It was this delay that provided Draper the time to think about her situation and take action to find out the truth. She sits Martens in hi office and beats the car out of him until he offers the information she is seeking, the truth that she and her squad were a part of an experiment and that Martens was aware they were being sacrificed for what he thought was the greater good of Mars. She makes good her escape form the Martian compound but is spotted as she leads and pursued tot he short distance to the neighboring UN compound across the street where she asks for political asylum.
I almost felt like cheering Draper on when she was kicking Martens ass because he was being such a dick while he knew he was guilty all along.
This provided the episode with a brief exciting scene and a dash of suspense as Draper made her getaway, She is next seen speaking with Chrisjen (Shohreh Aghdashloo), and Cotyar (Nick E. Tarabay) telling them earthing she knows and going them Martens phone which she managed to abscond with. Of course, this will have the effect of changing the course of the entire narrative as there can longer be any doubt about Mars involvement in the protomolecule experiments and being at least partly culpable in what happened on Eros and Ganymede.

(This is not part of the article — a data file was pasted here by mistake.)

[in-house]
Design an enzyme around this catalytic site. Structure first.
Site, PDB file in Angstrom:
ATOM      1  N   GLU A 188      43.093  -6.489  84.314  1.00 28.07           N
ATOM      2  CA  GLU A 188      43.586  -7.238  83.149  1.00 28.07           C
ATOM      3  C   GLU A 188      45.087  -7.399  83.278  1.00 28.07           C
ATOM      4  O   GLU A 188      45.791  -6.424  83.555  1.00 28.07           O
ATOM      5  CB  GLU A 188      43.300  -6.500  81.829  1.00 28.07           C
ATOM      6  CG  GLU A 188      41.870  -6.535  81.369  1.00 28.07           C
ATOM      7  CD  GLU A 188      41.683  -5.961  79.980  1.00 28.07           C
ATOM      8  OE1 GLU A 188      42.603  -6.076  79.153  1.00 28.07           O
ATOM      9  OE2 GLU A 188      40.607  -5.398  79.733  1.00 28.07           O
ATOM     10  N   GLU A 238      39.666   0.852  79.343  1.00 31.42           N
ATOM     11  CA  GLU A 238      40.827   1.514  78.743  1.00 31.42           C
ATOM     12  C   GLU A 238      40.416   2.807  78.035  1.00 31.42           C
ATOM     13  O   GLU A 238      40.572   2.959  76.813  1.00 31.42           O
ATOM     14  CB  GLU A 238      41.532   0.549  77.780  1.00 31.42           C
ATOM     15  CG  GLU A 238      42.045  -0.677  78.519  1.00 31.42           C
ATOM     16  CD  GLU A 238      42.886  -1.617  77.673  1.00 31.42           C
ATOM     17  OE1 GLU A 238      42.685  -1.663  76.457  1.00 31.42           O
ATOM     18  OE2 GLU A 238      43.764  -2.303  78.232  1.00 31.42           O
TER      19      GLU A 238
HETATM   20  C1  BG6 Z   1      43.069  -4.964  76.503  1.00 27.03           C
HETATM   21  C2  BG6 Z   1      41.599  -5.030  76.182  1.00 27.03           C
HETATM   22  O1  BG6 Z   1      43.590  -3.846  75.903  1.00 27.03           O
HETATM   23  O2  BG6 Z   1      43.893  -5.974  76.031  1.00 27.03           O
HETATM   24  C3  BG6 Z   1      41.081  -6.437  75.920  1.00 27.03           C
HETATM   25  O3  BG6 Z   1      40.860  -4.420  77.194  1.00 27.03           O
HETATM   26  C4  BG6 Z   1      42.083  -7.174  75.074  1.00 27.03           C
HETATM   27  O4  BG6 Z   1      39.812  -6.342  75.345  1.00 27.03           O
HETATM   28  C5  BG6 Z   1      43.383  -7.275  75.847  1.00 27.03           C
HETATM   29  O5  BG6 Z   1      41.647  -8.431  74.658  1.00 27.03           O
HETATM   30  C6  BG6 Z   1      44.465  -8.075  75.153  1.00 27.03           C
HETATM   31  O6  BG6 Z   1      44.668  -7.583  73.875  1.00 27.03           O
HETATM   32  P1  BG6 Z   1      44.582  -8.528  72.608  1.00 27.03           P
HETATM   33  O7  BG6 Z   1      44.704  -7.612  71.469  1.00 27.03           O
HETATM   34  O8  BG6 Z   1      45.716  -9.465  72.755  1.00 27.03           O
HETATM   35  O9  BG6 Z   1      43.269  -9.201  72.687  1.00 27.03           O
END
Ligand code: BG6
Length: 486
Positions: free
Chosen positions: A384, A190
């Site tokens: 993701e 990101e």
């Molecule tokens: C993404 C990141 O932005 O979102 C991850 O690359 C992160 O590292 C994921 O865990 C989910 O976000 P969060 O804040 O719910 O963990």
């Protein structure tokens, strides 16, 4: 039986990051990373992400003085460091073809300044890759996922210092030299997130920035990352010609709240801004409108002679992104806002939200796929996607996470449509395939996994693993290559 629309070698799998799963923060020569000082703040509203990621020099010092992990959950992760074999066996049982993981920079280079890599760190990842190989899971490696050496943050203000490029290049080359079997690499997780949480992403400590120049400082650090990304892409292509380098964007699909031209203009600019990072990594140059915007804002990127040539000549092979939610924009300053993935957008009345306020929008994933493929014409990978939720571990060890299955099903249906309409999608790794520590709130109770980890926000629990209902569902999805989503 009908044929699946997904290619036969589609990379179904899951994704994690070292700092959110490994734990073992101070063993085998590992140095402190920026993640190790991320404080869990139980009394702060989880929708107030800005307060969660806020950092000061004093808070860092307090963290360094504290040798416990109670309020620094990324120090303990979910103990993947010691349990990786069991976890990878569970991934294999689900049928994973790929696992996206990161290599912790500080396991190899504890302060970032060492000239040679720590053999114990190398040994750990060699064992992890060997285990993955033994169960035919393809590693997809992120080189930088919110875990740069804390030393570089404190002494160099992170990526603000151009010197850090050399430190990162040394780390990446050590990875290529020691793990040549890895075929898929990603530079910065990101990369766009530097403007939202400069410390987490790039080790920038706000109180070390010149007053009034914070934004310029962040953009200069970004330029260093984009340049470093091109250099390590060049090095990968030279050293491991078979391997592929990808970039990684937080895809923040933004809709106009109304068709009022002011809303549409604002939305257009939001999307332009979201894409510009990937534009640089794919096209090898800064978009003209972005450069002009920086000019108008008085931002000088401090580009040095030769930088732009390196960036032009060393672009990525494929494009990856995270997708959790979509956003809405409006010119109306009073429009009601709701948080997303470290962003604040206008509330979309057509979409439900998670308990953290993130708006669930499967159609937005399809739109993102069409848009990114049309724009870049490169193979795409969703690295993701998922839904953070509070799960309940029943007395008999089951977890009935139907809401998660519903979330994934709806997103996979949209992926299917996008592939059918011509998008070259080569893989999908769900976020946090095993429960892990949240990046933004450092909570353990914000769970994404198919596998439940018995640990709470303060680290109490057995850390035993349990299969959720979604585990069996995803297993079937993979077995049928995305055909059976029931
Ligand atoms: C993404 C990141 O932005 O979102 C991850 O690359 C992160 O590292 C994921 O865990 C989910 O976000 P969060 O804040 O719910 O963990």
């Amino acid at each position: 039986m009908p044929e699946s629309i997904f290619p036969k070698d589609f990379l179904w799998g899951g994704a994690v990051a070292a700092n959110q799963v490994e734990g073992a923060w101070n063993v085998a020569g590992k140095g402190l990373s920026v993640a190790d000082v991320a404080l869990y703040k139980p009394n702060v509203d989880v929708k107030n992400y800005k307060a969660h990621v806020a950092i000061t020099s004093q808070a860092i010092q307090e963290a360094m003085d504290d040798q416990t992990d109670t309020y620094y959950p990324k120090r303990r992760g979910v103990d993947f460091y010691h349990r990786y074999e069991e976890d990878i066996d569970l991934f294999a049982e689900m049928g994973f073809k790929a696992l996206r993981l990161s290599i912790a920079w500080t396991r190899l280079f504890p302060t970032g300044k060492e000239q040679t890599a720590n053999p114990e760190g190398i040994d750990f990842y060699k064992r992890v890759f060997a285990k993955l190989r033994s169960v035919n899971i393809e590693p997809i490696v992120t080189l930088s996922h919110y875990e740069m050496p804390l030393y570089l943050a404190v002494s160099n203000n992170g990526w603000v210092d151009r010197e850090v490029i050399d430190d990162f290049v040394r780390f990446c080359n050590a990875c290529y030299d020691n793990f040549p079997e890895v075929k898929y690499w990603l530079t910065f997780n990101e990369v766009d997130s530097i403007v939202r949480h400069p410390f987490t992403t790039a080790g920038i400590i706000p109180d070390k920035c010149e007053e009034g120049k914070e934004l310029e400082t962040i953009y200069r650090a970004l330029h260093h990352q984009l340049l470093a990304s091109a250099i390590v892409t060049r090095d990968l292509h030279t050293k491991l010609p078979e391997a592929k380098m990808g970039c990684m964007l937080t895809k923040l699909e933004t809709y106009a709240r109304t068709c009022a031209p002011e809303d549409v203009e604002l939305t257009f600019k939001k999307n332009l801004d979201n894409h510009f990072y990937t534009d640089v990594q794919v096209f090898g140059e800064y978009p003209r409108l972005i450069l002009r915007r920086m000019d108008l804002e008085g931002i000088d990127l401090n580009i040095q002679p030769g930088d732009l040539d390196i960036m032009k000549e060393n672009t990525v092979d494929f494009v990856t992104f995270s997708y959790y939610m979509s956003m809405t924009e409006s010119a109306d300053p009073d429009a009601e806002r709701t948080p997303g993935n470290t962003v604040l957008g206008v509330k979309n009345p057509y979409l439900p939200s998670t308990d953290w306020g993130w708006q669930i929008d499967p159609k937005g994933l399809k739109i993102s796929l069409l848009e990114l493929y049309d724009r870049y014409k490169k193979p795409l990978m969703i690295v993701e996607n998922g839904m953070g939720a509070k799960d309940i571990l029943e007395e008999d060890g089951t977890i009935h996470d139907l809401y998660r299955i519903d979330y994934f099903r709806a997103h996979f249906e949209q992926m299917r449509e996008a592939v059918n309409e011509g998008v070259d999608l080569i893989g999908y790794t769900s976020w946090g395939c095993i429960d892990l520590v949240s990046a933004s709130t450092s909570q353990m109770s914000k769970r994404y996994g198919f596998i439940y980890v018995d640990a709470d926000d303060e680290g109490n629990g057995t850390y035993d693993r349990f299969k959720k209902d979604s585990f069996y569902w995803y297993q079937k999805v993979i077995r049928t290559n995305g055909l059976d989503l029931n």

Chrisjen also speaks with Jules-Pierre Mao (François Chau) who now admits his role in the attempt o develop a weapon for Mars by experimenting to on the alien substance. he agrees to meet with her in a place of his choosing, and only under certain circumstances. I have to wonder if we will ever be told the origin of the stuff and how it came into Mao’s hands and what is the true nature of the substance? It seems as if it could be some sort of symbiotic life form.
It has been hinted at over the last few weeks, and now it is certain the object and goal of the experiments are to create some new kind of protobeing resulting in a super soldier to give Mars the upper hand in any relationship with anyone going forward.
While all this is going on we also get look at what’s been happening on Venus and the attempts to find out he what has occurred since Eros impacted the planet. On the Arboghast, Janus and Iturbi look on with concern as an MCRN ship continues to shadow them. They also continue to try to drop probes down into the Eros crater on Venus, but the probes’ signals all disappear before they reach the surface. Iturbi suggests they break protocol and drop lower before releasing their last two probes, and after some debate, Janus concedes.
They manage to achieve partial success with their last attempt and we get a brief glimpse of a landscape being transformed by the protomolecule similar to what we have already seen in earlier episodes.